We are in the middle of December, with winter barely underway. It is getting distinctly colder. Warm weather is a long way off. The beginning of March is something like 10 weeks away; Easter another seven beyond that. It surely is time to crack out the cashmeres again. Or not!?

Asos, a major British online fashion and cosmetic retailer, whose website offers over 850 brands as well as its own range of clothing and accessories, recently declared that it was banning the use of cashmere and mohair from products promoted on its site. High-end animal fibres seem to have become the fashion industry’s equivalent of plastic.

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Brown & blue: including the photo on the home page, a couple of cashmeres to keep me warm this winter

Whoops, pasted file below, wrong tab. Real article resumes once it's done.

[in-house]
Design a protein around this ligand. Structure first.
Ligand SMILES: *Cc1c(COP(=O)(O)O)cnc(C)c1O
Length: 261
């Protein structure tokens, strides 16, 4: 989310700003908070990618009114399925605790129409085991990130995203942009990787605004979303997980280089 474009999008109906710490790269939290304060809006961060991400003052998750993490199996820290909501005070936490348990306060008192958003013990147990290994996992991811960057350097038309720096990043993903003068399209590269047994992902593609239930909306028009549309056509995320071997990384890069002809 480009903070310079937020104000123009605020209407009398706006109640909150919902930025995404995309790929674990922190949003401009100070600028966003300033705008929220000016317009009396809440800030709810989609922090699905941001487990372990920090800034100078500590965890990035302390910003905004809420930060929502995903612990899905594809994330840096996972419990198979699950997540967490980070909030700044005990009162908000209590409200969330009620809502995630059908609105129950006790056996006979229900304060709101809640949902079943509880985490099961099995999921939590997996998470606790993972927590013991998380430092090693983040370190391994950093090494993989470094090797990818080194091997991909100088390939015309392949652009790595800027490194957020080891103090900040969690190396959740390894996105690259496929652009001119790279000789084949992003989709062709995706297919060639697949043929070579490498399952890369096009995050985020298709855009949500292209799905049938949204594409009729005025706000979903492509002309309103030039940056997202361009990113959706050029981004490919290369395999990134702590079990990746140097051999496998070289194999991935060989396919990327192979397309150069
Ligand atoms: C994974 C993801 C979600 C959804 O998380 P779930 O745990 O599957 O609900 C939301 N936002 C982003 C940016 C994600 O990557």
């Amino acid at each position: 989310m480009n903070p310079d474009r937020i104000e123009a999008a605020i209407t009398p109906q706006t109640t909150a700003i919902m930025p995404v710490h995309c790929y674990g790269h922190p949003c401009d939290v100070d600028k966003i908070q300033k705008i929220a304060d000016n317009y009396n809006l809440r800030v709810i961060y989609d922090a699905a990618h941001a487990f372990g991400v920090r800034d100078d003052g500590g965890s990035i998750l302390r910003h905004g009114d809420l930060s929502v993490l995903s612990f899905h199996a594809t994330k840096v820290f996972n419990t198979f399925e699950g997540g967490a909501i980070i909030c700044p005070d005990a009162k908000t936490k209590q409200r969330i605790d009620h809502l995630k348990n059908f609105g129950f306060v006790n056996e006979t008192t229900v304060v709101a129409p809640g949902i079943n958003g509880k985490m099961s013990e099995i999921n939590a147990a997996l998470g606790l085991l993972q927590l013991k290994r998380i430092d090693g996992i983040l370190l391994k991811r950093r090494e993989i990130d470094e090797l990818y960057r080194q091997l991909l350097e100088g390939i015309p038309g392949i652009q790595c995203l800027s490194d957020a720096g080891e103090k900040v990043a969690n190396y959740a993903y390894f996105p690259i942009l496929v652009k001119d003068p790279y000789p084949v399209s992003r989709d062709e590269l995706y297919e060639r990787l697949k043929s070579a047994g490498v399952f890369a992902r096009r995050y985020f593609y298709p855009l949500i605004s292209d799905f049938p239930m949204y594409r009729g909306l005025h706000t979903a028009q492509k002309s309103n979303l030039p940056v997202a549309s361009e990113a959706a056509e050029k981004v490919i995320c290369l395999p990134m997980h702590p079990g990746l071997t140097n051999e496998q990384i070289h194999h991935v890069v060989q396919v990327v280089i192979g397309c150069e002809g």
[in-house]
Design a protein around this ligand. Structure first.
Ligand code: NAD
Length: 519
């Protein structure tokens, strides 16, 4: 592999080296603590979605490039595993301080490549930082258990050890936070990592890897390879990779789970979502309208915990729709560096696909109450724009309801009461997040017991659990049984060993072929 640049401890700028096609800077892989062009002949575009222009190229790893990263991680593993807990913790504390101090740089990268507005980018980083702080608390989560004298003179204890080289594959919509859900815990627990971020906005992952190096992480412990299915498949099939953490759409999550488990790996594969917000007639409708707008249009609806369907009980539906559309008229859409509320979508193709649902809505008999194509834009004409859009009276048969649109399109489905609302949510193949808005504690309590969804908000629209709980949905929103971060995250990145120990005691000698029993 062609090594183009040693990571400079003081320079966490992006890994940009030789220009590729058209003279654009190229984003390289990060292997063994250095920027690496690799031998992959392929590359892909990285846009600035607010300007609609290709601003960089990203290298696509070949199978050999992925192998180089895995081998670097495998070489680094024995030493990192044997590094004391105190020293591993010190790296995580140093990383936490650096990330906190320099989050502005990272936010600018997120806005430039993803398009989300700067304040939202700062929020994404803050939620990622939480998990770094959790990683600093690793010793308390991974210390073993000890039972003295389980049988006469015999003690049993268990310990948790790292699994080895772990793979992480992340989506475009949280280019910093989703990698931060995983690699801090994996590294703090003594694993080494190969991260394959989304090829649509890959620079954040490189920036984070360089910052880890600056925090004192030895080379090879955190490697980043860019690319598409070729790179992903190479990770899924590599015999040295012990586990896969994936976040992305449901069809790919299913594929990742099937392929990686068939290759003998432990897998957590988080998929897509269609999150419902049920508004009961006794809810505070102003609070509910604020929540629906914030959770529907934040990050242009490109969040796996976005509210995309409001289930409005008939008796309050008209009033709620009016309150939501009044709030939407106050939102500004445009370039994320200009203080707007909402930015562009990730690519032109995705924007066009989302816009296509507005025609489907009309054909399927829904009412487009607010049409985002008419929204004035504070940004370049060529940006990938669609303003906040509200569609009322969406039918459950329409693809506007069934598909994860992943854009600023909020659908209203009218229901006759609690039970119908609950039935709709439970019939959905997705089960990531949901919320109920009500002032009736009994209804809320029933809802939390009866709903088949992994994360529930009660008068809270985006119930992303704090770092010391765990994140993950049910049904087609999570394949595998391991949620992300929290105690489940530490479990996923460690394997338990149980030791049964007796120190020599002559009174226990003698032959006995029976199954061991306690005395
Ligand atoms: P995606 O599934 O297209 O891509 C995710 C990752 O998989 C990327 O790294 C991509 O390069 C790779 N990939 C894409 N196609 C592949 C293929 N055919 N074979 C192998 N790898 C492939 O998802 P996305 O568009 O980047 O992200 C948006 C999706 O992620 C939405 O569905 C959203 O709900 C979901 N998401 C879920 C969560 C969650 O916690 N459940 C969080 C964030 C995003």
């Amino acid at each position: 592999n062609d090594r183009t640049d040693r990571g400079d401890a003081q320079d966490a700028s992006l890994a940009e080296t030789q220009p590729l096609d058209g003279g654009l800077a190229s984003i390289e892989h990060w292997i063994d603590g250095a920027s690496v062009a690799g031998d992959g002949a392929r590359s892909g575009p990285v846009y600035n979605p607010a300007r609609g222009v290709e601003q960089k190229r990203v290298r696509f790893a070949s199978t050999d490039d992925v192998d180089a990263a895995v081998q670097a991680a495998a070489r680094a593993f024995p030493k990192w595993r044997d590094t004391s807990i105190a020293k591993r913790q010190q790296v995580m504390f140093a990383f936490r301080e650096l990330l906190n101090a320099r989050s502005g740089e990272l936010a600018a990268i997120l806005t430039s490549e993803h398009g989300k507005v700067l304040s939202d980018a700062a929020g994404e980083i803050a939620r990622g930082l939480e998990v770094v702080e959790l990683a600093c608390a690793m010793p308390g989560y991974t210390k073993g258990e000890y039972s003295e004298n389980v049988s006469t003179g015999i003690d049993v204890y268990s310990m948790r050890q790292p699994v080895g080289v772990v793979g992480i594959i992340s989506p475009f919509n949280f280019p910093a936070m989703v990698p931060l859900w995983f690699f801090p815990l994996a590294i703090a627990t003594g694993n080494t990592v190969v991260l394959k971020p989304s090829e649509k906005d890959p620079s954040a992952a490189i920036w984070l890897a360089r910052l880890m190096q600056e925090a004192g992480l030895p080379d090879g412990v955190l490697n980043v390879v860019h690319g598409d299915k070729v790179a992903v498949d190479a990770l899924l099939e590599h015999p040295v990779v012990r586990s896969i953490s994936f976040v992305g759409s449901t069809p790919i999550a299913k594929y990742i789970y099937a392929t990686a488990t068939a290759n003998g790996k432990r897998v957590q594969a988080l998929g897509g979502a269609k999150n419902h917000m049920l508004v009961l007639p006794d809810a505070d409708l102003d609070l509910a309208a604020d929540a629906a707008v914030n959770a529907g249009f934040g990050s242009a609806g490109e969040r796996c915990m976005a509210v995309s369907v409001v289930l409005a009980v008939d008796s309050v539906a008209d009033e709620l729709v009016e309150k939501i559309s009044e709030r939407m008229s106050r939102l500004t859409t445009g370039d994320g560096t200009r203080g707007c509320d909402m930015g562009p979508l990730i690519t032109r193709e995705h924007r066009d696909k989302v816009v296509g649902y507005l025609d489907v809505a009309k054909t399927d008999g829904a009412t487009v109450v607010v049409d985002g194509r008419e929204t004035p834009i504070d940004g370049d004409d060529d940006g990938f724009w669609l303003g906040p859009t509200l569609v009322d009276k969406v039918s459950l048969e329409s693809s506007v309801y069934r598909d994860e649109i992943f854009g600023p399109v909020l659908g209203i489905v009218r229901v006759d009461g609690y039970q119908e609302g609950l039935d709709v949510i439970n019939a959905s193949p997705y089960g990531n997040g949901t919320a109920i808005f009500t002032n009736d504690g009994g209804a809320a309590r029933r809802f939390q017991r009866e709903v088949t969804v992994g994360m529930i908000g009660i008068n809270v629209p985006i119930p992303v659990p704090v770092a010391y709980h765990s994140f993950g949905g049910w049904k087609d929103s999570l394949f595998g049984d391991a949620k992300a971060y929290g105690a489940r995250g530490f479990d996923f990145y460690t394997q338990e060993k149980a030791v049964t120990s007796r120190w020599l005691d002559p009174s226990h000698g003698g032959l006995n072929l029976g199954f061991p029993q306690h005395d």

It apparently takes the coats of four goats to provide sufficient material to make a cashmere sweater. Compare this to wool, where one sheep can supply enough to produce five sweaters. Since this is Christmas we’ll go easy on the bad news but the whole story is bound up with overworked and poorly paid farmers in Mongolia having to increase the size of their herds to cope with the demand for cashmere; demand fuelled by the fact that one can regularly find 100% cashmere jumpers available on the high street for well under £100. The complications of the market – supply and demand and all that – led to Stella McCartney committing to halt production of any ‘virgin’ (i.e. pure) cashmere products. On the other hand, the Evening Standard in London pointed out that &Daughter, which sells luxurious sweaters and cardigans turned out by mills in Scotland and Ireland, has just launched a range of pure cashmere sweaters on Net-a-Porter. They are priced at £315. In fairness to the farmers (and the goats), it is probably what they’re worth.